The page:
Apple has never helped the National Security Agency (NSA) to target its iPhones and, in fact, knew nothing about any such efforts, the company says.
The statement from Apple comes on the heels of a new report that the NSA has the ability to sift through iPhone users’ text messages, contacts and voicemails if it so chooses, courtesy of covert software called Dropout Jeep.
The app, which can be surreptitiously installed on an iPhone without the owner’s knowledge, even enables the NSA to activate the phone’s camera or mic to gain real-time surveillance, according to top-secret NSA documents courtesy of whistleblower Edward Snowden.
Germany’s Der Spiegel magazine first reported the story Sunday, but the documents were also referenced by security researcher Jacob Applebaum, while speaking at the 30th Chaos Communication Congress in Germany Monday. He said the NSA has a perfect record when it comes to installing Dropout Jeep on targeted iPhones and can even use cell towers to find the phone owner’s location as well as remotely push new files to the devices.
He also questioned Apple’s denials of helping the NSA in any way.
“I don’t really believe that Apple didn’t help them. I can’t really prove it, but (the NSA) literally claim that anytime they target an iOS device, that it will succeed for implantation,” he said during his speech. “Either they have a huge collection of exploits that work against Apple products, meaning that they are hoarding information about critical systems that American companies produce and sabotaging them, or Apple sabotaged it themselves.”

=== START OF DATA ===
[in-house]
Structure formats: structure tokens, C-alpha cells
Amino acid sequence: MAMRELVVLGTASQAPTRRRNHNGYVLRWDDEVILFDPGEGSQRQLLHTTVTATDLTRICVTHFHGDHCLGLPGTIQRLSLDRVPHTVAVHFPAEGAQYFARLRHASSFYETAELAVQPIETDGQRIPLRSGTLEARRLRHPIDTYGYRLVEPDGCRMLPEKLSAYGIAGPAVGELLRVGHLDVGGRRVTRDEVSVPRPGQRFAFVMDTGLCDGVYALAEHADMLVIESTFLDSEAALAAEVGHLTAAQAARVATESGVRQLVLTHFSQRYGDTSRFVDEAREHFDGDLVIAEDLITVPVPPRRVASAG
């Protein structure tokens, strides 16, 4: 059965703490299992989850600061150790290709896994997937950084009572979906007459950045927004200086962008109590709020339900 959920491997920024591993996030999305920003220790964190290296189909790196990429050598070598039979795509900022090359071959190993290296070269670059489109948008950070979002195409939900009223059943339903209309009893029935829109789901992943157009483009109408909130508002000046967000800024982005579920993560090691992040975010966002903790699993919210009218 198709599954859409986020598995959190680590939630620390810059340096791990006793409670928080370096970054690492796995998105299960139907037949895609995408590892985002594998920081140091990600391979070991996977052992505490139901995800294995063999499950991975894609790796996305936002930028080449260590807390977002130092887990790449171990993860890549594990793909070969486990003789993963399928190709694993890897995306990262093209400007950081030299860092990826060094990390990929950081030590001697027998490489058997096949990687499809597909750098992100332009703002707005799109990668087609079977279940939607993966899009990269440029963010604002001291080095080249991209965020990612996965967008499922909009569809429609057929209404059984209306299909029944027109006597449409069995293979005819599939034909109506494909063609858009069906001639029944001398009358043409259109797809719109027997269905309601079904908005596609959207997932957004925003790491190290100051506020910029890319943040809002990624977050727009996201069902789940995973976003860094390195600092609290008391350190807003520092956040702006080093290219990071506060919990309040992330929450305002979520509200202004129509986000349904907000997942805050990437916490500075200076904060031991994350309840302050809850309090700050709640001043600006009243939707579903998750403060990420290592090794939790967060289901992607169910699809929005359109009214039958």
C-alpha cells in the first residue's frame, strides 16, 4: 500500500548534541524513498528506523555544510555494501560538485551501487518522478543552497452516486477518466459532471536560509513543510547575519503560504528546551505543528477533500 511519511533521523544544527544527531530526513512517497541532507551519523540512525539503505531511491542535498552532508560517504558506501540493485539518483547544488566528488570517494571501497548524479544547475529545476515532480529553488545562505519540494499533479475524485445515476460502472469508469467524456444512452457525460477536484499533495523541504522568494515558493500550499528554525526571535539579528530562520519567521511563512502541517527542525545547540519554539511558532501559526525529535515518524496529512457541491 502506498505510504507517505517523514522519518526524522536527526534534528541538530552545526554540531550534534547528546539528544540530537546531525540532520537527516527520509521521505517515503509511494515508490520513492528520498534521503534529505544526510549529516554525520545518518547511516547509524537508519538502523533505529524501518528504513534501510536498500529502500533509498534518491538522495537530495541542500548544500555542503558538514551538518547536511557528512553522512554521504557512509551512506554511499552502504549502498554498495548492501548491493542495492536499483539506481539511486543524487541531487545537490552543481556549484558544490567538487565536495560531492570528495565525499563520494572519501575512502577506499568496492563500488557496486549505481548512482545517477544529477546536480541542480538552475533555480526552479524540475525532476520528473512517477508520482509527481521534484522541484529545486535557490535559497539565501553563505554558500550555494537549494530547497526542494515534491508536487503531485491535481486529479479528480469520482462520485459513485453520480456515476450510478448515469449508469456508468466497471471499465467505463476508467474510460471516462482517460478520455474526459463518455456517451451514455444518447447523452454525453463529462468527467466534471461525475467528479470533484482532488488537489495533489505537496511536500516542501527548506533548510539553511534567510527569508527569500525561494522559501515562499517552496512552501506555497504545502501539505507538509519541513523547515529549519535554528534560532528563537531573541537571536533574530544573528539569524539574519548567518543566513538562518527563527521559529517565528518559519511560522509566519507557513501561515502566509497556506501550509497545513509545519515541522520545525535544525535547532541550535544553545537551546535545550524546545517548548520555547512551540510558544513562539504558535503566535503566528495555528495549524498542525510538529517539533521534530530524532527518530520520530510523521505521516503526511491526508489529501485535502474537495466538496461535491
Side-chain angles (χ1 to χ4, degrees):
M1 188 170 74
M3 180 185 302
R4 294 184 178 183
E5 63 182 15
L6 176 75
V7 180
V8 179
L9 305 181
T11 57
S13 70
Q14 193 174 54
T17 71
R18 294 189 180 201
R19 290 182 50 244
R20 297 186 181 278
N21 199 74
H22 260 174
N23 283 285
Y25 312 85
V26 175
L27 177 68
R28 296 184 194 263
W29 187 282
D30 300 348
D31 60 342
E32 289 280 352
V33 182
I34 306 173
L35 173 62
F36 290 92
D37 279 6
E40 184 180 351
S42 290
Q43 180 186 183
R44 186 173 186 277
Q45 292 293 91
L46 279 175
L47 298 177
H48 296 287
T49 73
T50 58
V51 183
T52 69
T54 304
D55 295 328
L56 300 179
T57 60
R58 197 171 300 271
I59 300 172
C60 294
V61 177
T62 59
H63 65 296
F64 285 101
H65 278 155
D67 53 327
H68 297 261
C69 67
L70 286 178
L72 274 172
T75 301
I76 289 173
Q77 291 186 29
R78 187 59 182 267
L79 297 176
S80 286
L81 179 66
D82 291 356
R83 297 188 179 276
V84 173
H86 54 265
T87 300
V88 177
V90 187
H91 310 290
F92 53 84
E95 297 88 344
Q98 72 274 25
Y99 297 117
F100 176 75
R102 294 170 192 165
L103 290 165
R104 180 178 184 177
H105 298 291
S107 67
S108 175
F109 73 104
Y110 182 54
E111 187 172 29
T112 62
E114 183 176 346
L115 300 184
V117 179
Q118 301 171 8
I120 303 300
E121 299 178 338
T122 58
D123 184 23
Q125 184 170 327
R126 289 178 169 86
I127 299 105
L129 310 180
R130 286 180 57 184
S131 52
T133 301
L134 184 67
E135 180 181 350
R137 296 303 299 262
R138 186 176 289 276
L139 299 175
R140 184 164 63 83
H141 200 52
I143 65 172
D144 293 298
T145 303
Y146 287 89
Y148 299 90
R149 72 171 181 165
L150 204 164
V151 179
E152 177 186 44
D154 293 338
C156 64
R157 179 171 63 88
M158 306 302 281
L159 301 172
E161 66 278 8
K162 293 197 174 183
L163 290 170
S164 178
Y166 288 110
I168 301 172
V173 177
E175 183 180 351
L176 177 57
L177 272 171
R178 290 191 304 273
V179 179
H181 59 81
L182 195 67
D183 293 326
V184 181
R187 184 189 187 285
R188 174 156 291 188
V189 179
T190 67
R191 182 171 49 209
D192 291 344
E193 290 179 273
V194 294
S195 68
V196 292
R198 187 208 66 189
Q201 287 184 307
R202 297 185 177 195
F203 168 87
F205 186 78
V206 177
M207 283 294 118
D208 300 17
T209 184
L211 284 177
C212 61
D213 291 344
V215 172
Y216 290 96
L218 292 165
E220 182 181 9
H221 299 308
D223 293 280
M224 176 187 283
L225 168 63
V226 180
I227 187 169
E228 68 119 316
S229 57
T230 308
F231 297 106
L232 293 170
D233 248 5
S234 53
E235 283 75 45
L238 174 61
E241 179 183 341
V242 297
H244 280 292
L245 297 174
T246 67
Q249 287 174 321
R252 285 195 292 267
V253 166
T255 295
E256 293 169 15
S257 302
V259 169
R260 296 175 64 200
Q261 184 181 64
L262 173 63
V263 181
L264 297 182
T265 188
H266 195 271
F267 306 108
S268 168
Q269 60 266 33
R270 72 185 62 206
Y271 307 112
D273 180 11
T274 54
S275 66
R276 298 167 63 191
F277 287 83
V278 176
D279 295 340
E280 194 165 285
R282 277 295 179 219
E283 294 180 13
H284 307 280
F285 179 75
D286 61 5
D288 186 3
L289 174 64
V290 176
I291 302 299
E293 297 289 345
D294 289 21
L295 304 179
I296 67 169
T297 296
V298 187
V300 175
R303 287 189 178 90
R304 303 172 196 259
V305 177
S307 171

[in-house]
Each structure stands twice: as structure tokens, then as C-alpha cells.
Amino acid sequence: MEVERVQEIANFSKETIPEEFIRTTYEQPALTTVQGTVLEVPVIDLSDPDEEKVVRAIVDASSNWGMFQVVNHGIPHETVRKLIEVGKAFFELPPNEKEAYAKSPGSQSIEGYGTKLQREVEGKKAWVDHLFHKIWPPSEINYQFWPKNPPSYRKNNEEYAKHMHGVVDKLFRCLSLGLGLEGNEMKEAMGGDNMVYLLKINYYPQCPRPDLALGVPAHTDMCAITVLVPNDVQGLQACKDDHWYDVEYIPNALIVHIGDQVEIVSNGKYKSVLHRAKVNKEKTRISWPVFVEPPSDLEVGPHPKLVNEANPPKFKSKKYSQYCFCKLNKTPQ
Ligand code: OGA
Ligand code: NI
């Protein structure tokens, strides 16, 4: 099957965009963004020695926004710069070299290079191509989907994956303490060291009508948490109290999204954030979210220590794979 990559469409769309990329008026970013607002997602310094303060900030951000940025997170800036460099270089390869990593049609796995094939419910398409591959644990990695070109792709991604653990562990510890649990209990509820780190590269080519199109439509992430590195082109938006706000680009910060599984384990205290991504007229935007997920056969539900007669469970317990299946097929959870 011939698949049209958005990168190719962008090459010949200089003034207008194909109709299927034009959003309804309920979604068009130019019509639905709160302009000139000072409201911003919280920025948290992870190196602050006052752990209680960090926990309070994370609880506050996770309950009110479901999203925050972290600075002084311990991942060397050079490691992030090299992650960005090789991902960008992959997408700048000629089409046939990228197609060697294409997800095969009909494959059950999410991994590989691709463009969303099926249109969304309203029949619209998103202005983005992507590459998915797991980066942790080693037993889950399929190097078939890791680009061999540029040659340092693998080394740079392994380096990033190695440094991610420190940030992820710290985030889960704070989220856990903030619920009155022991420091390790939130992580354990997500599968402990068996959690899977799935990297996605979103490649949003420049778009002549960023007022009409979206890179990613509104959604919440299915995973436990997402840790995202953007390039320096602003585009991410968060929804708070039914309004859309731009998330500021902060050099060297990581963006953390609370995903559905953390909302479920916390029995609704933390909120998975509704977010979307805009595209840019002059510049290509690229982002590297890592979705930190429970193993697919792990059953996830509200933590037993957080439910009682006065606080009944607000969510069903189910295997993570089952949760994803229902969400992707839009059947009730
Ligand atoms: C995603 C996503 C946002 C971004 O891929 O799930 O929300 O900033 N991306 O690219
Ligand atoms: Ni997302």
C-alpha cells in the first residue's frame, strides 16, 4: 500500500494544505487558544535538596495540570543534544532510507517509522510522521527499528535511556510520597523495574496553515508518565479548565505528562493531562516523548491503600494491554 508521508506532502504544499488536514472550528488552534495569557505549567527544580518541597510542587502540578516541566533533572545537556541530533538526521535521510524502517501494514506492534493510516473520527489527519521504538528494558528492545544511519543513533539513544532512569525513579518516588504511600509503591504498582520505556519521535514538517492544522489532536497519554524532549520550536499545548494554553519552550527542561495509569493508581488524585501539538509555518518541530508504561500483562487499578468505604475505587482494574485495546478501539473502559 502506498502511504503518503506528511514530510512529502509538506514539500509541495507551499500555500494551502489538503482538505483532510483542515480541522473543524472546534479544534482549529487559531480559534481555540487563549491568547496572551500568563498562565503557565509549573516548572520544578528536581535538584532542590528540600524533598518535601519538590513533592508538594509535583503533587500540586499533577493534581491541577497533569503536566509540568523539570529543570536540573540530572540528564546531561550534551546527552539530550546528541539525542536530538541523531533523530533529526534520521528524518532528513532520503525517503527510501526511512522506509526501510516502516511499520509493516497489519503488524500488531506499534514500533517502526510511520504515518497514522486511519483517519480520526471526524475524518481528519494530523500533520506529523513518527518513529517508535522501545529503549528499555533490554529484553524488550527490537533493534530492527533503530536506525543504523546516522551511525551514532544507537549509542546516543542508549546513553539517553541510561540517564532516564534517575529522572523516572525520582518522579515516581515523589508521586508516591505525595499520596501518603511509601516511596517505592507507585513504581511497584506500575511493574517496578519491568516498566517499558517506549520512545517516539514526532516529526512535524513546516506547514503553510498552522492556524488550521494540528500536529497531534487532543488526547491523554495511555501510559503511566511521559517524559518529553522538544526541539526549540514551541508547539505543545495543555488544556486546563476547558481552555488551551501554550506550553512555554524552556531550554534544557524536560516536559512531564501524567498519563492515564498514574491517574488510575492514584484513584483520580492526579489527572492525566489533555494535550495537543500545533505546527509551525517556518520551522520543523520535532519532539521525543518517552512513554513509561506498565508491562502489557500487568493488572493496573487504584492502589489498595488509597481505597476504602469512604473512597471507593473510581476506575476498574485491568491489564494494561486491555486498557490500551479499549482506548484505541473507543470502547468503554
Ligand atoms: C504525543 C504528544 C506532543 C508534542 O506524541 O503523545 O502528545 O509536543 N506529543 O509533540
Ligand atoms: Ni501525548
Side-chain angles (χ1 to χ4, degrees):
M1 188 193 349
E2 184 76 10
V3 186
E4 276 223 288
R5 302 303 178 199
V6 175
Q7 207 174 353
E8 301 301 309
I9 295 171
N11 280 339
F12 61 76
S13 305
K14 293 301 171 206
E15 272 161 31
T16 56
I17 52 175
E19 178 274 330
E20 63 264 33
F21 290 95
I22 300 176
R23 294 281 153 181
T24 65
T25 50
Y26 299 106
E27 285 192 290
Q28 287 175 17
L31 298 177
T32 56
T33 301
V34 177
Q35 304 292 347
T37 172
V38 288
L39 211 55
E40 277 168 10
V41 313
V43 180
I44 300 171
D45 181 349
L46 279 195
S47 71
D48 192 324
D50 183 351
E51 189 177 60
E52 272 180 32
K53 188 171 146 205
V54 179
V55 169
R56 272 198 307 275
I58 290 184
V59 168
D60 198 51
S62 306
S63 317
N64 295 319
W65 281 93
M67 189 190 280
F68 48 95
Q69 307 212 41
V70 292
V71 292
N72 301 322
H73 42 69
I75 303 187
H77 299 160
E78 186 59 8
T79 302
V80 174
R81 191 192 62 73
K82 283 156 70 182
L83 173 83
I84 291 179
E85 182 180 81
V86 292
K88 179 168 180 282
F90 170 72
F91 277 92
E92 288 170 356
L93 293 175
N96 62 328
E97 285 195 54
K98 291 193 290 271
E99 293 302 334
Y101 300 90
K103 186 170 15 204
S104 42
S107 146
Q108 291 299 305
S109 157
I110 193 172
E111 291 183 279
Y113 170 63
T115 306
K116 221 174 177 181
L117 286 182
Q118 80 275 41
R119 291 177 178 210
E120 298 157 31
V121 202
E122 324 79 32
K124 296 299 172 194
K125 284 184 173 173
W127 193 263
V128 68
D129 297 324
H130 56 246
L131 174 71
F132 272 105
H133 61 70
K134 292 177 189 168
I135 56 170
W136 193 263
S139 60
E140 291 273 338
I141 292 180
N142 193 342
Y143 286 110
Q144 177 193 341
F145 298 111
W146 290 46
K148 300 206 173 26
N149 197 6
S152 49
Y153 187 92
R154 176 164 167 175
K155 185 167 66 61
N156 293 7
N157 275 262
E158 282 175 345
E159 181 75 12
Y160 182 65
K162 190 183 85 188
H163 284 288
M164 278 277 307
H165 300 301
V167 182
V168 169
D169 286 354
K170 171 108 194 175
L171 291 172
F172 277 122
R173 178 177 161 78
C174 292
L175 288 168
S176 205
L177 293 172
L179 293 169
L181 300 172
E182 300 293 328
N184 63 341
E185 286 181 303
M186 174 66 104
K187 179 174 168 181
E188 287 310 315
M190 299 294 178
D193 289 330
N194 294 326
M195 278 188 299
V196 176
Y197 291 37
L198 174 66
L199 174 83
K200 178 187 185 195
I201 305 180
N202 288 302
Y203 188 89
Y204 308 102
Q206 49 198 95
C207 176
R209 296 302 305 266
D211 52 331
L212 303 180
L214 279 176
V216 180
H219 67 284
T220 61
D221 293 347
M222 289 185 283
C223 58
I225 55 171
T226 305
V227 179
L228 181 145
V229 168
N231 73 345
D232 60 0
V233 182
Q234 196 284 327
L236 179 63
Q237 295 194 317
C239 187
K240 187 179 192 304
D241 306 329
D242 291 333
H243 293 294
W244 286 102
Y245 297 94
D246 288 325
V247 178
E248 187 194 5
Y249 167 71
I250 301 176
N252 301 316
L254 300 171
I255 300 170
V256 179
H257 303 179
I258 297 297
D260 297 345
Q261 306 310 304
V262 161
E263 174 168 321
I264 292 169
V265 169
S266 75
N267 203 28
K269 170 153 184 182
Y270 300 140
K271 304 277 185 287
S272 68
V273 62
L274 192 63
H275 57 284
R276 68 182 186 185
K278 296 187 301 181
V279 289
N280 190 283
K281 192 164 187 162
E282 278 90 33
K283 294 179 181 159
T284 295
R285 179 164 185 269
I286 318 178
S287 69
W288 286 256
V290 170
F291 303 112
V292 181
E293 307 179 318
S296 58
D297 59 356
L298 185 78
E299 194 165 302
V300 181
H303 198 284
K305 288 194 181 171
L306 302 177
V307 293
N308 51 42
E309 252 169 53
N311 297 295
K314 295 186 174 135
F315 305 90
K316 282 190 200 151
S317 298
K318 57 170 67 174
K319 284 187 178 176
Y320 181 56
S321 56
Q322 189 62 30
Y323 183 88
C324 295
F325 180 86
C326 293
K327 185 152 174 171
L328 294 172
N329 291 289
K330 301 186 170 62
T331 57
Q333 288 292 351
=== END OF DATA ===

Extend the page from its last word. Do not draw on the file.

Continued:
Given Applebaum’s statement, it is little surprise that Apple felt compelled to respond.
“Apple has never worked with the NSA to create a backdoor in any of our products, including iPhone. Additionally, we have been unaware of this alleged NSA program targeting our products,” the company said. “We will continue to use our resources to stay ahead of malicious hackers and defend our customers from security attacks, regardless of who’s behind them.”
While the NSA declined to comment on the new reports, it did say its interest “in any given technology is driven by the use of that technology by foreign intelligence targets.”
“The United States pursues its intelligence mission with care to ensure that innocent users of those same technologies are not affected,” the agency said.